Early in your studies: Learn the basics of managing a web site.
Why? Here is the rationale. Many of you during the course of your studies will develop projects or specialities that will be of interest to grad school or other employers. For instance, there will be some nice projects coming out the Honors ODEs class. Having a web site is getting to be a key way of communicating, and I think that this method of communicating is starting to reach down to the pool of grad school applicants.
As I write this, in the early months of 2003, I know that some of the web sites of our May and August 2003 graduates have been, and will bee, visited by grad school admissions committees. Now, these sites can be pretty easy to find--Google will turn up a Blair Dowling rather easily--even if you put your web site on some unusal hosting site, such as "www.ultimate1.com" as Blair did. (Blair's site has some good material on home schooling and university applications. I would guess that several homeschooling web sites would have pointers to Blair's site, thus improving it's page ranking under the Google system.)
It will be even better if you put the site, or at least a pointer, at some reasonable web address. Any math undergrad can get a computer account on the math network, and then you can have your site at "www.math.gatech.edu" which will be much easier for some people to find.
Spring Term Freshman YearThink about applying for the Goldwater Fellowship: You can apply in the Fall of Sophomore Year, and Fall of Junior year, for fellowship support for Undergrad Research in the Junior or Senior Year. Deadline falls in Feb 1, of each year, for support in the fall of that year. But, this is a highly competative process, so that applications materials have to be collected early, and the application officially goes through Georgia Tech, not individuals.
Spring Term, Junior Year. Take the GRE Subject Test.You take two GRE tests, the general and the subject test. The general test is like an SAT for graduate school. The general test can be taken at as a computer based test, on a first come first served basis at two testing sites in Atlanta. The subject test comes tih this description:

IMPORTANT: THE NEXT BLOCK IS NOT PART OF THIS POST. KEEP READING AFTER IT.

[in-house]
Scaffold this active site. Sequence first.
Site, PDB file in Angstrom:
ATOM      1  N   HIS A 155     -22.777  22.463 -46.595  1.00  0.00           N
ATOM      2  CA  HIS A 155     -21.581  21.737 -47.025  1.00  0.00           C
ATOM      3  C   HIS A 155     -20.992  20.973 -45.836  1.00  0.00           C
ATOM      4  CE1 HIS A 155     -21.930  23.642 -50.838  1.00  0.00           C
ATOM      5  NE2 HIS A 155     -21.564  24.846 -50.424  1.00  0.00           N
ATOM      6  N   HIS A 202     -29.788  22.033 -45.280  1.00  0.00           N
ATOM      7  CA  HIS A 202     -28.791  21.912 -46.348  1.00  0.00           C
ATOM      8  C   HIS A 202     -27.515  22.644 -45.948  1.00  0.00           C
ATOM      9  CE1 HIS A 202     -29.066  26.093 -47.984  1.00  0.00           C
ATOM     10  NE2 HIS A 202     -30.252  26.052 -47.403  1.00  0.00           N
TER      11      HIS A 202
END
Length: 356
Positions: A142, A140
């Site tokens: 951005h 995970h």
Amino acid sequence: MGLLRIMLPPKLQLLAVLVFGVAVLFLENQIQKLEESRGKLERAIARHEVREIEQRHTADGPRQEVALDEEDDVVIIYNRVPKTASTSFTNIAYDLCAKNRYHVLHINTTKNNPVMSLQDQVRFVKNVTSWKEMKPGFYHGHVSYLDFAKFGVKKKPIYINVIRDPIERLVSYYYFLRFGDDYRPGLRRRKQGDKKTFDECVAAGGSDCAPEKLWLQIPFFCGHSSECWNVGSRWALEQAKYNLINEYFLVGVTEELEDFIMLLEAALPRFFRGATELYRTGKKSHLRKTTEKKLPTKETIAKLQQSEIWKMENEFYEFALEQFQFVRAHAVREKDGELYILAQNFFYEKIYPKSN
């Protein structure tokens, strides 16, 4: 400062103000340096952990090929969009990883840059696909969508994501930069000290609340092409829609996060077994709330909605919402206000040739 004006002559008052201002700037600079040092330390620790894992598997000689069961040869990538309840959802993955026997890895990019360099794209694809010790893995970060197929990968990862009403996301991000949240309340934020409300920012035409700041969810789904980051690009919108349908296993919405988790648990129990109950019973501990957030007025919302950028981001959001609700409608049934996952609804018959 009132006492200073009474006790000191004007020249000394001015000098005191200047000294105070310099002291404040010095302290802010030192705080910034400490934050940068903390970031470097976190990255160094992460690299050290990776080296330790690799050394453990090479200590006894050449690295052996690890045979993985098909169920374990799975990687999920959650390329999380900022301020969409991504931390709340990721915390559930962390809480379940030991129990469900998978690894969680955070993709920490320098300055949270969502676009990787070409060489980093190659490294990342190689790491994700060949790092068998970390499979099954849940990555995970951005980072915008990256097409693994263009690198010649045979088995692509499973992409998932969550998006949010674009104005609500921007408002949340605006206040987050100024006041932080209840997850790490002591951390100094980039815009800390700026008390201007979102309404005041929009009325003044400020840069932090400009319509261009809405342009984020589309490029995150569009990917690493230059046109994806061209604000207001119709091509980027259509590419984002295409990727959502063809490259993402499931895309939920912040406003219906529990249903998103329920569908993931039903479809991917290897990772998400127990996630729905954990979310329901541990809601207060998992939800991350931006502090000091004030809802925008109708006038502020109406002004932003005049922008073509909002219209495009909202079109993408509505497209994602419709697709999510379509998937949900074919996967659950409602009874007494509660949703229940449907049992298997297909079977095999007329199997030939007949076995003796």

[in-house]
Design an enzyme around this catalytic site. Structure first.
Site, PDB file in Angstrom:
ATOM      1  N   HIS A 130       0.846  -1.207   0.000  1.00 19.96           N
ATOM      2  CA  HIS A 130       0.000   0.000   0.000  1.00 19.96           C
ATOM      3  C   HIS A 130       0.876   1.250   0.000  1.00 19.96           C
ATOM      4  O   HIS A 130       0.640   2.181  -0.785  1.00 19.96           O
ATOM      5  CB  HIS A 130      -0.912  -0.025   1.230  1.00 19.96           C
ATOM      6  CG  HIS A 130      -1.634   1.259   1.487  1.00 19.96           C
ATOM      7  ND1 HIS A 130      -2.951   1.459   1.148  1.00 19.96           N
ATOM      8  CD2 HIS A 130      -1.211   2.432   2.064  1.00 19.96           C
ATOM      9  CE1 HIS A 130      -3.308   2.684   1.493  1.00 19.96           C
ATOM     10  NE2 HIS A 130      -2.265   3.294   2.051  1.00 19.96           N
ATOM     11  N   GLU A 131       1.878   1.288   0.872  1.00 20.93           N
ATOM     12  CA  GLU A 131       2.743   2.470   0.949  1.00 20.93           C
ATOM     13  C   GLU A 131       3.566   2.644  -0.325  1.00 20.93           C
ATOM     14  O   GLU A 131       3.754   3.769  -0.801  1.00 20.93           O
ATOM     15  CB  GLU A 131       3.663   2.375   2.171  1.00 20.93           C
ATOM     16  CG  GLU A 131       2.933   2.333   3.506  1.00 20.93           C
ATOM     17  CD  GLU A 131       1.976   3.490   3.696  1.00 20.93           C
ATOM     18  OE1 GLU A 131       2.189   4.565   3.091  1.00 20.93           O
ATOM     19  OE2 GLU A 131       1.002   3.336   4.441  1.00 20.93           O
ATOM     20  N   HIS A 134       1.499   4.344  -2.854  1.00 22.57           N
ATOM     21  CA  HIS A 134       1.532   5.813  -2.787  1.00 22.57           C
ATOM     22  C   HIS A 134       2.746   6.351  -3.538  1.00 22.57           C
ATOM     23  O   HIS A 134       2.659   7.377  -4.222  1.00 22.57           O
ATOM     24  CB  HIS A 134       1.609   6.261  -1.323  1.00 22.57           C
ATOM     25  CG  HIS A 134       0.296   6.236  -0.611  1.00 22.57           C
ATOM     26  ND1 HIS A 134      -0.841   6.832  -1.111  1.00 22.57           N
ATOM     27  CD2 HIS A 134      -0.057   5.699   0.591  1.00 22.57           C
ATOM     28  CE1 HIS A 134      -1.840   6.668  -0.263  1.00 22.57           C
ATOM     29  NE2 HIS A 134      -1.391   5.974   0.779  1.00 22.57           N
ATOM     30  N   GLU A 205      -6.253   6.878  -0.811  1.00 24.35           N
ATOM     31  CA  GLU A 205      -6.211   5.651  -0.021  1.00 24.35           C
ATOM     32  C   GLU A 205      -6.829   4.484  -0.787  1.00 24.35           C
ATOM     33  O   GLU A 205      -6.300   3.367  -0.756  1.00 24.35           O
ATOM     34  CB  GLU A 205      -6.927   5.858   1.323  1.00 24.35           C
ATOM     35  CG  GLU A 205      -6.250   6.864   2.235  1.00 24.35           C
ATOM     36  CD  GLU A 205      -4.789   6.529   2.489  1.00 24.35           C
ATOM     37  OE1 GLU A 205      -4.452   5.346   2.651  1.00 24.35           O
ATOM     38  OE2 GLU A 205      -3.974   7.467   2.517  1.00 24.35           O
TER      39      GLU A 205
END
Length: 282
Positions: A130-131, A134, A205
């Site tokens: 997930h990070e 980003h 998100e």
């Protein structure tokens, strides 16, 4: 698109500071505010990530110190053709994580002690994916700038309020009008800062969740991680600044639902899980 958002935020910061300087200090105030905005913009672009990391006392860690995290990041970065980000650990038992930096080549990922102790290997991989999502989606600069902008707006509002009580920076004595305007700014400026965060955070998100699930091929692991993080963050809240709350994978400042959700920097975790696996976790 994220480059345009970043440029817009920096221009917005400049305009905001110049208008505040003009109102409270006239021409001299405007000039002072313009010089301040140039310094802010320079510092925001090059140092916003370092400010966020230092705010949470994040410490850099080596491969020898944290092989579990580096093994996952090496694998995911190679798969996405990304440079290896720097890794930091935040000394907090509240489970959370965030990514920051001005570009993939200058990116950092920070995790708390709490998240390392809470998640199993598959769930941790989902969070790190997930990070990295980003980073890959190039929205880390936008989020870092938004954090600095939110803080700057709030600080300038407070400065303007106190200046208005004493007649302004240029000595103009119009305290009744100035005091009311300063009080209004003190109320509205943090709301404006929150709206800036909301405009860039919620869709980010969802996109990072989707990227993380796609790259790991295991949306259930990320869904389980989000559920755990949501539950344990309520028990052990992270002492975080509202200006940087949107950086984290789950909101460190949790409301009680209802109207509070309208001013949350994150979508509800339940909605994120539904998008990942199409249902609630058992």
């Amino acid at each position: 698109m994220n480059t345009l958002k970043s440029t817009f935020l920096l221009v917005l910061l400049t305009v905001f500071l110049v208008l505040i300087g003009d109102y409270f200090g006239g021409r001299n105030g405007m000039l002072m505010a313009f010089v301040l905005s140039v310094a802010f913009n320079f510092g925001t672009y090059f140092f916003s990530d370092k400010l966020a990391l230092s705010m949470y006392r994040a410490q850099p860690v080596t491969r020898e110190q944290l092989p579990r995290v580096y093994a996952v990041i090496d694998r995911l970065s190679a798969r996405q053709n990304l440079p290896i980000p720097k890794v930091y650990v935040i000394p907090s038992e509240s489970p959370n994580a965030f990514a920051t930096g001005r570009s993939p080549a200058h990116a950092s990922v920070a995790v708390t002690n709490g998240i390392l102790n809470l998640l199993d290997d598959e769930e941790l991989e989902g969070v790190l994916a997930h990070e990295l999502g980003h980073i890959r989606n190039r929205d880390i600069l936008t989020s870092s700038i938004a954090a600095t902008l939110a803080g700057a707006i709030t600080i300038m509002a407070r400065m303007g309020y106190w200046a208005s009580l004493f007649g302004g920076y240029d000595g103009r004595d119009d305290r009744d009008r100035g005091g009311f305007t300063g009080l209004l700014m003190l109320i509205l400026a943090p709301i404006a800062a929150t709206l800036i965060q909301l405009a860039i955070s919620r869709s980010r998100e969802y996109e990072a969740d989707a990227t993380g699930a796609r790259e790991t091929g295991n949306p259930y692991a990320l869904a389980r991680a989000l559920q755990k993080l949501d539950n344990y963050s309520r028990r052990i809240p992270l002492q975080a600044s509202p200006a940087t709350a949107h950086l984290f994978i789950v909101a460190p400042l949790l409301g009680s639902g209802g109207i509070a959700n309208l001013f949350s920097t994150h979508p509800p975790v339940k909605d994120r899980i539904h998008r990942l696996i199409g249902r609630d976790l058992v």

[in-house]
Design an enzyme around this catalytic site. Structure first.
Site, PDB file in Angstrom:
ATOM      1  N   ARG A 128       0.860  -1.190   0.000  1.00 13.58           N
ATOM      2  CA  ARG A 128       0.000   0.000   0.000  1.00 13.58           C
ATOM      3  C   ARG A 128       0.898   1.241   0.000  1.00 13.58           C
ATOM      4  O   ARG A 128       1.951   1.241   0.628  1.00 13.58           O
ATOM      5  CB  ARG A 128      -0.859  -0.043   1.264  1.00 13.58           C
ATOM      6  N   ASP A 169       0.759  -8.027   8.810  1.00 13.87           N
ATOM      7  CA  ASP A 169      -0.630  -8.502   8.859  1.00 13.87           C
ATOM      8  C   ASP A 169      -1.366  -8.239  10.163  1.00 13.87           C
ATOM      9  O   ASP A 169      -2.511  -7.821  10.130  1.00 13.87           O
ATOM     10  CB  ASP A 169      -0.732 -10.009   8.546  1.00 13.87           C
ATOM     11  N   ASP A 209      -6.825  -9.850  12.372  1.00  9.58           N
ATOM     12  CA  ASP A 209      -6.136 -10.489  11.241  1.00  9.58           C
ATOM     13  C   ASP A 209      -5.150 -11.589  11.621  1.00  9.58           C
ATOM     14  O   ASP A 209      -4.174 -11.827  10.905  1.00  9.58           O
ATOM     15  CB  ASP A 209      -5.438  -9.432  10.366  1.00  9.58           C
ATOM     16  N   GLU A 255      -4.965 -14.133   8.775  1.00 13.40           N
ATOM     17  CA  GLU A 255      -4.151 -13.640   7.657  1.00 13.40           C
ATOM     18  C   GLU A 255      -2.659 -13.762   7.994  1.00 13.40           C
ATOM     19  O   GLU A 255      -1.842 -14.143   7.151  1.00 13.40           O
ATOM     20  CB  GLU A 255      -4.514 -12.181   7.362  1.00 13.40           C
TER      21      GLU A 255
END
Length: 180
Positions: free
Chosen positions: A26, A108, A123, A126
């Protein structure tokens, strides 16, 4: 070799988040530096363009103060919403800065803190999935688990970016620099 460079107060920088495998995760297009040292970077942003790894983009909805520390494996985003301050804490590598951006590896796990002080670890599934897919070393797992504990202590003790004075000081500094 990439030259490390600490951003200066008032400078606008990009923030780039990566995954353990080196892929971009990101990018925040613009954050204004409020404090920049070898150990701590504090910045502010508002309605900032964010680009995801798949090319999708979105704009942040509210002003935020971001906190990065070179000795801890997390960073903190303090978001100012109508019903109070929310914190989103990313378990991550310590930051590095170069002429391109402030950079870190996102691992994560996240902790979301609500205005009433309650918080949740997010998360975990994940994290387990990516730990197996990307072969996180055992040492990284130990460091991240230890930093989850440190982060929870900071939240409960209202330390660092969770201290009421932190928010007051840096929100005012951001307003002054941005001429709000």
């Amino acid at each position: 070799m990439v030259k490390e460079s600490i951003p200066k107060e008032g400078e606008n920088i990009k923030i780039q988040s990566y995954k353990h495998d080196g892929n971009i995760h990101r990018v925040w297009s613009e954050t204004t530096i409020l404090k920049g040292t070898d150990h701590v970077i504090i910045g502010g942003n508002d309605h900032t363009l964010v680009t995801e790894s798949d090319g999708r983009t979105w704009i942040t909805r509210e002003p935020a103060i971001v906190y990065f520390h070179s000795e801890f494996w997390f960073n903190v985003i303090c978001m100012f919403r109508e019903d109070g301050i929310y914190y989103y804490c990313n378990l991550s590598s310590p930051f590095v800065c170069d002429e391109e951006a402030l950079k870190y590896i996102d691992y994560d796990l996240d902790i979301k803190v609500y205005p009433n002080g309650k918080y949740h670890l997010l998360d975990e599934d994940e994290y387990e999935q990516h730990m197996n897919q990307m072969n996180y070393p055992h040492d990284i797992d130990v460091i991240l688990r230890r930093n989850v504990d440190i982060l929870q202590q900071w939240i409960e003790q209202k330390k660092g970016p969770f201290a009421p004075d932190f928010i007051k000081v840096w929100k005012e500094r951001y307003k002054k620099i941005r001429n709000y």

MATHEMATICS (Rescaled)*. The test consists of about 66 questions and is intended to measure both knowledge of the content of undergraduate mathematics courses for mathematics majors and the mathematical abilities traditionally expected of anyone who intends to seek a graduate degree in mathematics. In addition to the usual sequence of elementary calculus courses, the examinee should have had the mathematics-major courses in abstract algebra, linear algebra, and real analysis that require students to demonstrate the ability to prove theorems and create counterexamples. About a quarter of the questions require knowledge in other areas, such as complex analysis, topology, combinatorics, graph theory, probability and statistics, number theory, and algorithmic processes.
By taking the test in the spring, you free up time that you will need in the Fall semester for preparing fellowship and grad school applications. (And, if you really bomb the exam, then you get a second chance.) The only subject that you may not have that could be covered on the Math Subject test, is a simple Calculus of Residues problem from Complex Analysis. This is something that is very easy to pick up.
If you are applying to CS schools, they will generally take either the Math or the CS subject test.
David Skoog's Warning to Discrete Math Majors on the GRE Subject Test
The Math subject test can be heavily skewed towards analysis, with questions in Lagrange multipliers, complex variables, summation of geometric series, and the like. And possibly only a few questions on combinatorics, graph theory, and the like. A graph theory question may be only of the form "here is the definition of minimal spanning tree, how many are there in this graph on seven nodes."
On the other hand, the CS subject test has the reputation of not being that hard. About 8% of the test takers make a perfect score, so the test is really not differentiating that much at the top end. And the D-Math majors could be in a very good position to take that test. David felt like that would have been the case. He was taking the test in December of his senior year.
Either subject test is a standarized test. As such, you should be able to get a very good idea of what the test is like before taking it. Worst case is just to go buy one of the test books for sale, or borrow one off of your fellow test takers.
Fall, Senior Year: Lots to do!
Your Checklist of things to tend to in the spring semester are as follows:
| GRE General Test
Any time in Fall
| GRE Subject Test
Early December is last test date
| Fellowship Applications
Early November is big deadline
| Grad School Applications
Late in Fall Semester
GRE General Test